Retired attorney Merrill Hassenfeld went to the mikvah last year with his wife to celebrate their 20th anniversary. He’s not the “spiritual type,” he said, but told his wife he’d be open to the ritual.
“When I descended the seven steps into the water, immersed and felt the warmth, it was like being in God’s womb,” he said quietly. “You go down, then you rise up. Go down, and rise up. It’s like an elevation of your spirit and soul. I’d never had that experience before.”
Rabbi Daniel Liben of Temple Israel in Natick, Mass., went for his first immersion in 2004, right before the High Holidays. The experience was “so incredible” that he returned last fall, he said.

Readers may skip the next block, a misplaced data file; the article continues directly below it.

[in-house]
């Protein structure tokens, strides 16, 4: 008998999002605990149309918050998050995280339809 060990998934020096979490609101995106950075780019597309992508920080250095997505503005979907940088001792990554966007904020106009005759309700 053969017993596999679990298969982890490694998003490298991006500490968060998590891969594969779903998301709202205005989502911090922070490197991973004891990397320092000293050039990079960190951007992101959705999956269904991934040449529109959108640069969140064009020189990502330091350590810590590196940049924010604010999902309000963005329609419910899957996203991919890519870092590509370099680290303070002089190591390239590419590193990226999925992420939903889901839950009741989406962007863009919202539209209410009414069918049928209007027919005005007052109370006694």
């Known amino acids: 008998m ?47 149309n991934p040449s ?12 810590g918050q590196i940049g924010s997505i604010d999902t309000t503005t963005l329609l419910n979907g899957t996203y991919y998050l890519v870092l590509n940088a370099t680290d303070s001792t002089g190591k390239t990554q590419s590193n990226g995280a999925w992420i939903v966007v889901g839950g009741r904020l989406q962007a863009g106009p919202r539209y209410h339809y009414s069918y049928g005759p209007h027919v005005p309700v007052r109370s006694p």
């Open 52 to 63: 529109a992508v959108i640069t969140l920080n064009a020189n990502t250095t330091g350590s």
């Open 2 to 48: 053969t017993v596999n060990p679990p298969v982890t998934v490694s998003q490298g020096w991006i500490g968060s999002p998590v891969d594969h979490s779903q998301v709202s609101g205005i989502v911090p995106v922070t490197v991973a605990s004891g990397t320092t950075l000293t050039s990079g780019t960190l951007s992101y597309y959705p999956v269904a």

This year, he’s decided not to wait: He’s going before his oldest son’s wedding in August.
“I can use this to mark personal moments in my life, not just calendar moments,” he said.
Stephen Landau, a rabbinical student at Boston’s Hebrew College, has been an intern at Mayyim Hayyim for the past year. He said men should take a lesson from the feminist movement.
“Mikvah can be part of a program that allows men to pay attention to their spiritual lives,” he suggested.
Hassenfeld agreed. After his first immersion he became a mikvah guide, ushering other men into the waters.
“We’re always doing things for others, why don’t we set aside time to go to the mikvah?” he asked. “It prepares us to go out into the world and start yelling and screaming again.”
The Archive of the Jewish Telegraphic Agency includes articles published from 1923 to 2008. Archive stories reflect the journalistic standards and practices of the time they were published.